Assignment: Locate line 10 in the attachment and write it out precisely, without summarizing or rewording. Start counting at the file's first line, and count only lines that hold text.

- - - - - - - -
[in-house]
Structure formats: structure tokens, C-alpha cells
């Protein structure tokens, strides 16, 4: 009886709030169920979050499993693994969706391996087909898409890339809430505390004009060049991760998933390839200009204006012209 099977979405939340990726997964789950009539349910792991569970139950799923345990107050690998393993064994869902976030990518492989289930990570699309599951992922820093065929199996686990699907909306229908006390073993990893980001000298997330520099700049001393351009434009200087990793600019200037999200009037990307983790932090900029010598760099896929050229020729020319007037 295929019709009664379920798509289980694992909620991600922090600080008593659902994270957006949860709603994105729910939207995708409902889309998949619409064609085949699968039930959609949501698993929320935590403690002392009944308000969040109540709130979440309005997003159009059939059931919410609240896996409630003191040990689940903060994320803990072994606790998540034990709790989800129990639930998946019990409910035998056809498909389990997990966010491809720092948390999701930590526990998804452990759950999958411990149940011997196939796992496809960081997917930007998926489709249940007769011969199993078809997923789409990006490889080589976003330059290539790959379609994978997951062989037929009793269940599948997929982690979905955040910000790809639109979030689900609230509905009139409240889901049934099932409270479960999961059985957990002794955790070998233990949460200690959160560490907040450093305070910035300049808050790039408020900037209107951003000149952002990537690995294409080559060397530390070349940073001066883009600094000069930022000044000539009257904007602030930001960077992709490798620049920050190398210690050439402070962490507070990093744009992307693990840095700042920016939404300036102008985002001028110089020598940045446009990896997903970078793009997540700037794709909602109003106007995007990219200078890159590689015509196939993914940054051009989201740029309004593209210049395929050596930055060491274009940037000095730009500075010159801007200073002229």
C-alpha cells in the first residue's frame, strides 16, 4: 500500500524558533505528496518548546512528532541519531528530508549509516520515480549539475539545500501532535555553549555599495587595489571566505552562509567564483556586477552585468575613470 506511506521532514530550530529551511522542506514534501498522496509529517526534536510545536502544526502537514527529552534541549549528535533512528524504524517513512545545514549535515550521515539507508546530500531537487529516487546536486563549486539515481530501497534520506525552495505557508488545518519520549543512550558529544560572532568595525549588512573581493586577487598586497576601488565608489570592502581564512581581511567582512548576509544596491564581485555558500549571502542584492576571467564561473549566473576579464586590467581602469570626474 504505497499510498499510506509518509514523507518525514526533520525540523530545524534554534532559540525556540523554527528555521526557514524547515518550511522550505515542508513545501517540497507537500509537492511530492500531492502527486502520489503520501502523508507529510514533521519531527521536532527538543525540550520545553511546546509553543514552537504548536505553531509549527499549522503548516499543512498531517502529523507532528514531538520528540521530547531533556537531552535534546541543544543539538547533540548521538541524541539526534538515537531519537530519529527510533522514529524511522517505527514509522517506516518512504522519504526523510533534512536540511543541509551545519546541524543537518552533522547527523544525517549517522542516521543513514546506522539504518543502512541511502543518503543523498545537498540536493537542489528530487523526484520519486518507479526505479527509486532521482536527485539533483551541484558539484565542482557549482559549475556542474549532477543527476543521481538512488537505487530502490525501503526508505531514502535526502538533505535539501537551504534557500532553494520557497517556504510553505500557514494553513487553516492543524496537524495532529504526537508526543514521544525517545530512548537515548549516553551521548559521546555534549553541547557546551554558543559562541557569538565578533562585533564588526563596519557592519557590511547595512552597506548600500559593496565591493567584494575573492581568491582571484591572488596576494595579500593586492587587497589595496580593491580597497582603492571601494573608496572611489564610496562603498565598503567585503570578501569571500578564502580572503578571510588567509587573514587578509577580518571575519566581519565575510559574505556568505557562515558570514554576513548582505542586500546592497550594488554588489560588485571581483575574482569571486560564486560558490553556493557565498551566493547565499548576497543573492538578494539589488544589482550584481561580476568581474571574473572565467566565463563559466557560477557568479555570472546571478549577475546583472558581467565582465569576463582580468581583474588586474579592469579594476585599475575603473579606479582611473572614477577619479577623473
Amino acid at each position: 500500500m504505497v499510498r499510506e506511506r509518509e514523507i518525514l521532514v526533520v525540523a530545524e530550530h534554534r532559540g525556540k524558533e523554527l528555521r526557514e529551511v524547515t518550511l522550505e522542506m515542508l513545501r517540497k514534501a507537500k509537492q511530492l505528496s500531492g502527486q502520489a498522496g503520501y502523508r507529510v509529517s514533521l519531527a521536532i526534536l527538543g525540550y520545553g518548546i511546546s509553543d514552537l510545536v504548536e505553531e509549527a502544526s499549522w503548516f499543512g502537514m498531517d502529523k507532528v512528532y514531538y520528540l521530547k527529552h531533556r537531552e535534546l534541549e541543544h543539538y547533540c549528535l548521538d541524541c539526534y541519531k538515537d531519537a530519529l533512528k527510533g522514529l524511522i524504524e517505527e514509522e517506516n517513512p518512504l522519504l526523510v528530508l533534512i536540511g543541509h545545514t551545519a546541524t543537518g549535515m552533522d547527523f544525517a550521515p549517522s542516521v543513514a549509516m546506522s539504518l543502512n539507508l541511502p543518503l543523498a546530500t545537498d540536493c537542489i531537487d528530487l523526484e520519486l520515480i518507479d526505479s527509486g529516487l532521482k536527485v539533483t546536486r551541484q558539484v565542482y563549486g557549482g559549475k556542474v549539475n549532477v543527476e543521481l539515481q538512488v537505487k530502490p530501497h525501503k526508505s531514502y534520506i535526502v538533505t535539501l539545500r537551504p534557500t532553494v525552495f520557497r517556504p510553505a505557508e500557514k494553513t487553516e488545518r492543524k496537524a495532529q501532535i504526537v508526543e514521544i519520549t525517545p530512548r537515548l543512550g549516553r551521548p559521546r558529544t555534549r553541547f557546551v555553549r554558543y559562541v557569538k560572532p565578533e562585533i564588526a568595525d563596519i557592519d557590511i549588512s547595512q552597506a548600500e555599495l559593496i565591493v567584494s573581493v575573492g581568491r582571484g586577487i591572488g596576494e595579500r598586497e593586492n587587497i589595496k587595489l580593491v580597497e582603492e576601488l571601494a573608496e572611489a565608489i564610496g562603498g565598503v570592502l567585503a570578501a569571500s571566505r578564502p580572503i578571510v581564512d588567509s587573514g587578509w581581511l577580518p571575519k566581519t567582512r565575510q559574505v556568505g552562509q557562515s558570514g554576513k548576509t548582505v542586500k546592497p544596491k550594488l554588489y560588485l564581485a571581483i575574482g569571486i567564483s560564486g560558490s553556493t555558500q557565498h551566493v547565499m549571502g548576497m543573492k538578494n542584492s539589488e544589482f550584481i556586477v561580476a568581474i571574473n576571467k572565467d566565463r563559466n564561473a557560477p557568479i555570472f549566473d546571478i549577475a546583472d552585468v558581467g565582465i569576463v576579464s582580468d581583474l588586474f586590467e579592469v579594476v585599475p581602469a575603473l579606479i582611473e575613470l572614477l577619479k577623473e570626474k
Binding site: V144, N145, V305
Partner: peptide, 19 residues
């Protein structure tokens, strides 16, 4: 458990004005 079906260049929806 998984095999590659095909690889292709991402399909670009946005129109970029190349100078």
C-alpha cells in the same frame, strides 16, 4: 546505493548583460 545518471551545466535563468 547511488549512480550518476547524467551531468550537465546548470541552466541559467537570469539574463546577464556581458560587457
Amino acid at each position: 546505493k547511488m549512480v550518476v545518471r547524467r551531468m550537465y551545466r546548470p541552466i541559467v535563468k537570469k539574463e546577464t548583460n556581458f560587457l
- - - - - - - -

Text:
Amino acid at each position: 546505493k547511488m549512480v550518476v545518471r547524467r551531468m550537465y551545466r546548470p541552466i541559467v535563468k537570469k539574463e546577464t548583460n556581458f560587457l